Worse yet, adults also release pheromones that attract even more beetles. These pheromones dissipate by dusk, which would seem like a great thing if it weren’t for the fact that that’s when the females fly over to the nearest turf grass to burrow a couple of inches into the soil and lay more eggs. Grubs hatch by late September and move as few as two but as many as 10 inches into the soil for the winter before starting to feed on grass roots again once the soil warms up in May. So their life cycle is egg, grub, adult, and this is important to know when you’re considering how to kill them.

Possible murder weapons — stay away from traps

At a time when we are losing more and more beneficial insects and pollinators to environmental problems; chemicals, such as pesticides and herbicides; and problems like colony collapse, the Extension service cautions against using chemicals to kill Japanese beetles. Instead, for those who have reasonable-sized gardens, they recommend knocking the beetles off plants into a bucket of soapy water. (Wear gloves—my recommendation, yuck.) In my experience, these beetles are so engrossed in eating and making out, they’re surprisingly easy to brush into the water. And none of them seem to send out any kind of alarm to their comrades, so it’s just plop, plop, plop.

For those who find this just too much, have enormous gardens or are growing some of the beetles’ favorite things (grapes, roses, apples, raspberries, cherries, walnuts) for food or to pay the mortgage, there are several pesticides to choose from. Some work on grubs, others work on adults. Timing of the treatment of grubs is crucial because you have to get the grubs when they’re in the soil and have not yet emerged as adults. Treatment options are outlined in this Extension publication: www3.extension.umn.edu/distribution/horticulture/DG7664.html. (Tip: milky spore isn’t working.)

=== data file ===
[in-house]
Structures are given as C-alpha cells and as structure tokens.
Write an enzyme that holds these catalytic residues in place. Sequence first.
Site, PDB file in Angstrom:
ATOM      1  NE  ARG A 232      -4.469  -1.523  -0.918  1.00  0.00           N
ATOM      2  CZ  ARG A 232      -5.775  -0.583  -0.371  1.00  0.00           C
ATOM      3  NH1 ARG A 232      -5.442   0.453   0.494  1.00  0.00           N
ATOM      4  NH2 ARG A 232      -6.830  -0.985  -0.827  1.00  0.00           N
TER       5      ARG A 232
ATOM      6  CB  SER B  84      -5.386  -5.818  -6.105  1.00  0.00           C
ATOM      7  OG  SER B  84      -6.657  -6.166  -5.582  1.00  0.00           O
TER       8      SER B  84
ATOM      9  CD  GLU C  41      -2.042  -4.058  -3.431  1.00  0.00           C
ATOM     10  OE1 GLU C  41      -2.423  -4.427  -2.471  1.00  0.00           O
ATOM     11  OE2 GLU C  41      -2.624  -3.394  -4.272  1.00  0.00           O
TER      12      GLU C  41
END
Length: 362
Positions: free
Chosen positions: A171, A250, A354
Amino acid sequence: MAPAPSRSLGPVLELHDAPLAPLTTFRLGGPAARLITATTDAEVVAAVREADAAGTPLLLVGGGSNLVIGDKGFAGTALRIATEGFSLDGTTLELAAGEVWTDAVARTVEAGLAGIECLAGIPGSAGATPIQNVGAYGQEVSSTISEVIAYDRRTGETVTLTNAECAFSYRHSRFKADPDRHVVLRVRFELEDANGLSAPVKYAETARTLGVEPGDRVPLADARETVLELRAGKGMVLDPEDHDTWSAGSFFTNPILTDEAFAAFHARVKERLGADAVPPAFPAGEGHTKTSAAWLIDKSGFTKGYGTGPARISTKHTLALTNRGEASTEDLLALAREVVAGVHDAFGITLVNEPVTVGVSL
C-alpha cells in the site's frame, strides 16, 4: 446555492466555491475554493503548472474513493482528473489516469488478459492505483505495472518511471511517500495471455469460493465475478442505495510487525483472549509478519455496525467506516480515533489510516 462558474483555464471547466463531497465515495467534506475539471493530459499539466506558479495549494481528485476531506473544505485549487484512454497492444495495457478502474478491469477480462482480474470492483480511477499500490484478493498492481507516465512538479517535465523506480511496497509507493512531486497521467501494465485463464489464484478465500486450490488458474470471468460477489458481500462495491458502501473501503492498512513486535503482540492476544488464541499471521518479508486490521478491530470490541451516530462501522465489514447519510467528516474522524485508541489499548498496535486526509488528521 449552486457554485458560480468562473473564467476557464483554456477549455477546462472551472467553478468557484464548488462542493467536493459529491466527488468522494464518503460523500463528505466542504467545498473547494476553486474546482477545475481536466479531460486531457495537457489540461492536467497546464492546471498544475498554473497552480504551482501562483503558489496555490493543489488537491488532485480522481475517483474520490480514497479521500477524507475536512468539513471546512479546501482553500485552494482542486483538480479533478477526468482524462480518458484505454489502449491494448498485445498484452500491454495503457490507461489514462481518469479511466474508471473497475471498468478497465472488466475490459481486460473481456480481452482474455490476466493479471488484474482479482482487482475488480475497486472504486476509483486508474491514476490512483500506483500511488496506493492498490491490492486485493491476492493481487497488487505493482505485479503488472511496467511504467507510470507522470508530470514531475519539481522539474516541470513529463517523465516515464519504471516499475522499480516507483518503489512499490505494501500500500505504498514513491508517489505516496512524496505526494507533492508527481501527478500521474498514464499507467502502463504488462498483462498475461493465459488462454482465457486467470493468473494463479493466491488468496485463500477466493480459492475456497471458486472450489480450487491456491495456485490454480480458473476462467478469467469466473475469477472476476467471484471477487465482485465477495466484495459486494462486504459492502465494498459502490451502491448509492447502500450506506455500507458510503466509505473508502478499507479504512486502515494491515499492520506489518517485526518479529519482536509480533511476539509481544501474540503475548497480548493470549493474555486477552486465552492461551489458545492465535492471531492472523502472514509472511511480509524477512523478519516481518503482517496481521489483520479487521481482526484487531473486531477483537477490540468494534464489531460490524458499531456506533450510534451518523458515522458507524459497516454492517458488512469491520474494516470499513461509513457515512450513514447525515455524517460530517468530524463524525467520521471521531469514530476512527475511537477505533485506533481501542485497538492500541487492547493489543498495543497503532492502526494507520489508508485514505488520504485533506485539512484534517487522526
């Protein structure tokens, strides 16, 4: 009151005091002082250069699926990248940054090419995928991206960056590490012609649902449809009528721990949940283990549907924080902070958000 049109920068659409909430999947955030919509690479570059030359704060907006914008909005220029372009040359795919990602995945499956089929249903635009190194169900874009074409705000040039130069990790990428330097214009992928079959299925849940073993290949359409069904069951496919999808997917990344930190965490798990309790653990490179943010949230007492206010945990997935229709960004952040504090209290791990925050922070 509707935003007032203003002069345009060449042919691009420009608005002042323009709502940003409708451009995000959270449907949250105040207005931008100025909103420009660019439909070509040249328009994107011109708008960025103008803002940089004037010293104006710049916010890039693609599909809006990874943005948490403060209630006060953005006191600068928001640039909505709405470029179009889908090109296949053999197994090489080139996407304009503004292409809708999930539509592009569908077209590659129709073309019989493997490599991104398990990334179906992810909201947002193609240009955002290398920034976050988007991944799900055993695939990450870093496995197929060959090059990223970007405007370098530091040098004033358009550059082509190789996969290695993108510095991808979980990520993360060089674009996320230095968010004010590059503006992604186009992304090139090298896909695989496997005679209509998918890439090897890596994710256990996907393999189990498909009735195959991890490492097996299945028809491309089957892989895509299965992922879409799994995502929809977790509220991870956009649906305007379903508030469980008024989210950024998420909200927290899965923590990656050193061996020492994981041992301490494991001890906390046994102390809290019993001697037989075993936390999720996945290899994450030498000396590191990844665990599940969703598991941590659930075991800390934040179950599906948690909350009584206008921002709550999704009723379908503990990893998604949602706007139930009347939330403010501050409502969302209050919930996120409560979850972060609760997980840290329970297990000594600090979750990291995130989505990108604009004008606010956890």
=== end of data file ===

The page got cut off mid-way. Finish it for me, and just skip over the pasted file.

One thing to know before you decide to treat the grubs, Japanese beetles can fly miles to get to a plant they like, so you can’t be sure you have them in your turf just because you see them in your garden. The Extension publication covers how to locate and identify the grubs before you apply chemicals. You have to ask what’s less repugnant, right? Would you rather dig up grubs and examine them closely or knock the little buggers into a bucket? And even if you treat your yard, if all the lawns around aren’t treated, the beetles will still be a problem. That’s another reason the University and others across the country are suggesting we get out our soap buckets rather than pesticides.

For adults, Jeff Hahn suggests neem or pyrethrins, as lower-impact choices but they have to be applied often and can harm beneficial insects. Neonicotinoid insecticides are the big guns. They are longer lasting, but they kill bees like crazy and shouldn’t be used on any plants that attract bees, including linden trees. As always, read the label before using any chemical, particularly when it comes to food crops. If the chemical you’re using doesn’t list the food crop you have on the label, don’t apply it. Never spray chemicals when bees are around, and don’t spray on a windy day.

This is probably more than you ever wanted to know about Japanese beetles. I sure wish we didn’t have to know about them. But since they’re settled in now, we have to learn to cope and make our own decisions about what we’re going to do. I’m going with the bucket of soapy water and removing the plants they like from my garden.

Meleah Maynard is a writer and Master Gardener. Her Everyday Gardener column appears monthly in the Southwest Journal.